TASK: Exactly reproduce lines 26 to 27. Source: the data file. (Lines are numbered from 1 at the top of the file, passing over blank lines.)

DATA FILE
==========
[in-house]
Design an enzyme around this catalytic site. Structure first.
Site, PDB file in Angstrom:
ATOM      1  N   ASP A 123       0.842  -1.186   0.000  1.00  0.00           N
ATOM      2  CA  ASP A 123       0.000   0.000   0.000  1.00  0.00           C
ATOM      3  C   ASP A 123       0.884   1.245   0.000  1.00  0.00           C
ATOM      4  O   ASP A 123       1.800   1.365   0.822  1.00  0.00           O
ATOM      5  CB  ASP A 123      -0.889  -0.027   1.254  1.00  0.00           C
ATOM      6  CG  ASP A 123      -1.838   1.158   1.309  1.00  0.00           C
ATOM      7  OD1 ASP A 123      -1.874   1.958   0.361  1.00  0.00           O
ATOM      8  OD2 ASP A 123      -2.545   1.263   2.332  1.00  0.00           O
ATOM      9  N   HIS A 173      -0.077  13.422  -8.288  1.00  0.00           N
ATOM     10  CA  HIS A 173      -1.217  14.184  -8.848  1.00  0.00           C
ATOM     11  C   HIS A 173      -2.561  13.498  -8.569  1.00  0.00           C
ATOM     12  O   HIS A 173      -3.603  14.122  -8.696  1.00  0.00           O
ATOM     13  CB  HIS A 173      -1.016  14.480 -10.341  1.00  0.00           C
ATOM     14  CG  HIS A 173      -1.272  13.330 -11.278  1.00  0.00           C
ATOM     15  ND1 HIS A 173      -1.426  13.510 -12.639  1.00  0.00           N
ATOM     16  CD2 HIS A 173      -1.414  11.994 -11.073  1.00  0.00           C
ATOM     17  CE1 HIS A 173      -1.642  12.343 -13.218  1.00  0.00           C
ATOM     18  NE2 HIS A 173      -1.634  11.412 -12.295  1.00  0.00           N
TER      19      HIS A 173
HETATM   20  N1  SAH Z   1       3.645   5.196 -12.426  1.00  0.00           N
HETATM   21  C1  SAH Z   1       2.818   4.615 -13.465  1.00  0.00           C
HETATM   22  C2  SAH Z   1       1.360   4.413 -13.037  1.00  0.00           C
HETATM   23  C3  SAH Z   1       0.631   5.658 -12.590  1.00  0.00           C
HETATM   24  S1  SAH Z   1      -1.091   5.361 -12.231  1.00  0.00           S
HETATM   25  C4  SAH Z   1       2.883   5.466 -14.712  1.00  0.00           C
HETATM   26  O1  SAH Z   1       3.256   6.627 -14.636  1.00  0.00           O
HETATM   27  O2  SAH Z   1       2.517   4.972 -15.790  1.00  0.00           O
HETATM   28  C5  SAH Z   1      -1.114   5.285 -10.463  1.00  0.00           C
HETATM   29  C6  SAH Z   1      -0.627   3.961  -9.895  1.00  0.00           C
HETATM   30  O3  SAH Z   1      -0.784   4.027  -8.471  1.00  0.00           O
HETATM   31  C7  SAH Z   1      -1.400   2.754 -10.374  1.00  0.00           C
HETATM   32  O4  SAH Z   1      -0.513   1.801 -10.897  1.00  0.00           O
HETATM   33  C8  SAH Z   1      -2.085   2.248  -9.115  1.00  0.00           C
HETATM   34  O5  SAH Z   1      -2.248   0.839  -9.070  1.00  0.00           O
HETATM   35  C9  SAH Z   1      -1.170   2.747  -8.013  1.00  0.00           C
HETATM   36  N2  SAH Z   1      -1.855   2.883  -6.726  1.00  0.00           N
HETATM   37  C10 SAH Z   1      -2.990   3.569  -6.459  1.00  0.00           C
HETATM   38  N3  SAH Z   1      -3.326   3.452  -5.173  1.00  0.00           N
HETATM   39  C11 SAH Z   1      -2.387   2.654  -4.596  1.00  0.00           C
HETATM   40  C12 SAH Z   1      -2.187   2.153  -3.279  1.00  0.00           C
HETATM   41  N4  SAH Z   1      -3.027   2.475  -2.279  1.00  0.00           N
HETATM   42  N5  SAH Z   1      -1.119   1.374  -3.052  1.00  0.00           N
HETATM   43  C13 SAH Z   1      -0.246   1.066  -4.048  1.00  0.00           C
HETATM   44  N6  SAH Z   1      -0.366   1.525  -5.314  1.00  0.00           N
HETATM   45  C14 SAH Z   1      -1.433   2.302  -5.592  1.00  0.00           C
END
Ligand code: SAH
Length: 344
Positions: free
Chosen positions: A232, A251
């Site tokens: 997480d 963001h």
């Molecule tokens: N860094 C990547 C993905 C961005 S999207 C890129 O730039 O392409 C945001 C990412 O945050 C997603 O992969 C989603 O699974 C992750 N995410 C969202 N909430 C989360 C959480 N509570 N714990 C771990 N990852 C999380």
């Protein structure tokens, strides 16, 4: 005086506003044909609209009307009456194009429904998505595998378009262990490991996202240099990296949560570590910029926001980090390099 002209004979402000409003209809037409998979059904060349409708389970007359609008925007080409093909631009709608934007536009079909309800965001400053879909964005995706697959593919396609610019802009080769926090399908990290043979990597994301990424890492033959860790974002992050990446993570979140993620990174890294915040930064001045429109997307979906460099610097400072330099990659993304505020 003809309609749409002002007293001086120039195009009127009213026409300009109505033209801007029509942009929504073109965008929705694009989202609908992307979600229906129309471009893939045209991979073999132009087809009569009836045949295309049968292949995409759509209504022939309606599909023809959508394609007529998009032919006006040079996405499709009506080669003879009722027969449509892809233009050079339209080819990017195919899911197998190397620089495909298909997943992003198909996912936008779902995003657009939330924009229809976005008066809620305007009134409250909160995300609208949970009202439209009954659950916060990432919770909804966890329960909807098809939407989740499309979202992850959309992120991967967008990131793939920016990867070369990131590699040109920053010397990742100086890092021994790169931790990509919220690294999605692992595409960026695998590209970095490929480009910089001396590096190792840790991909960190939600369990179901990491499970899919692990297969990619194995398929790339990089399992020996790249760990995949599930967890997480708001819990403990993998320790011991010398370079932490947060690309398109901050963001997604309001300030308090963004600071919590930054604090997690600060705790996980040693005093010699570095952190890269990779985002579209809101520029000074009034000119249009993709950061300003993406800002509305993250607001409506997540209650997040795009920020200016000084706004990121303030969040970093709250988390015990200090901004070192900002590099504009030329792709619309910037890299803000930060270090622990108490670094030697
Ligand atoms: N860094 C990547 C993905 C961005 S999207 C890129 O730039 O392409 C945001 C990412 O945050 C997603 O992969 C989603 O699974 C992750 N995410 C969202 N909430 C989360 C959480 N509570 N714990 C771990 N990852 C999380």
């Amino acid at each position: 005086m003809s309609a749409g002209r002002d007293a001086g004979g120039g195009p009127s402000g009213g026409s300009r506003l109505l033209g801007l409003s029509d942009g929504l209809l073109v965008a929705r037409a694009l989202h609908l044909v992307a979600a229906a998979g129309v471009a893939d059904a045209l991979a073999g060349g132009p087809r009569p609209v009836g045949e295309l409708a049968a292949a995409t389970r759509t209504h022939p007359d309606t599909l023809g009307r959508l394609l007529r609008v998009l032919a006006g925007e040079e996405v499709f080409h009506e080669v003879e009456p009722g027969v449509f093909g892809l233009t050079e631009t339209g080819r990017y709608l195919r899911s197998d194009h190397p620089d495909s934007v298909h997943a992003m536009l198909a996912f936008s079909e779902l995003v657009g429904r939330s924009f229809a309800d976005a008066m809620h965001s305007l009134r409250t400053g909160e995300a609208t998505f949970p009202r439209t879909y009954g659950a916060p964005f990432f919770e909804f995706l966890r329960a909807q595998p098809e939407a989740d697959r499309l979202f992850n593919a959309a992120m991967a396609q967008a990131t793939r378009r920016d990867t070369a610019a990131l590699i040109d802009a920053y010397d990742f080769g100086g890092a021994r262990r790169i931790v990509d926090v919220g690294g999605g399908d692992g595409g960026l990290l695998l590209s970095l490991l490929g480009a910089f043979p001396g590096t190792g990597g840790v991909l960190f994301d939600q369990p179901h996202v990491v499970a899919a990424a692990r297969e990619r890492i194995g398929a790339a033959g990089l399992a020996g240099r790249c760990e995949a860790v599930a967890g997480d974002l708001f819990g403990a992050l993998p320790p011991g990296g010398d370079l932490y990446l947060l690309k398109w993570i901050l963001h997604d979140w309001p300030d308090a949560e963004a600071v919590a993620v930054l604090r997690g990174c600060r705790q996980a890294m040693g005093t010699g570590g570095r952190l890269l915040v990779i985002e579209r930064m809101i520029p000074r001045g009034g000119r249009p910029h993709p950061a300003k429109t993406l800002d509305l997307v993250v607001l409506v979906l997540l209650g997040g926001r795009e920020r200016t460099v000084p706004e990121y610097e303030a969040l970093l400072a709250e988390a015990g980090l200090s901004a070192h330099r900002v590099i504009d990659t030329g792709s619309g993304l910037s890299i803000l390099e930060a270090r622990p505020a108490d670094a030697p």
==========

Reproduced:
HETATM   23  C3  SAH Z   1       0.631   5.658 -12.590  1.00  0.00           C
HETATM   24  S1  SAH Z   1      -1.091   5.361 -12.231  1.00  0.00           S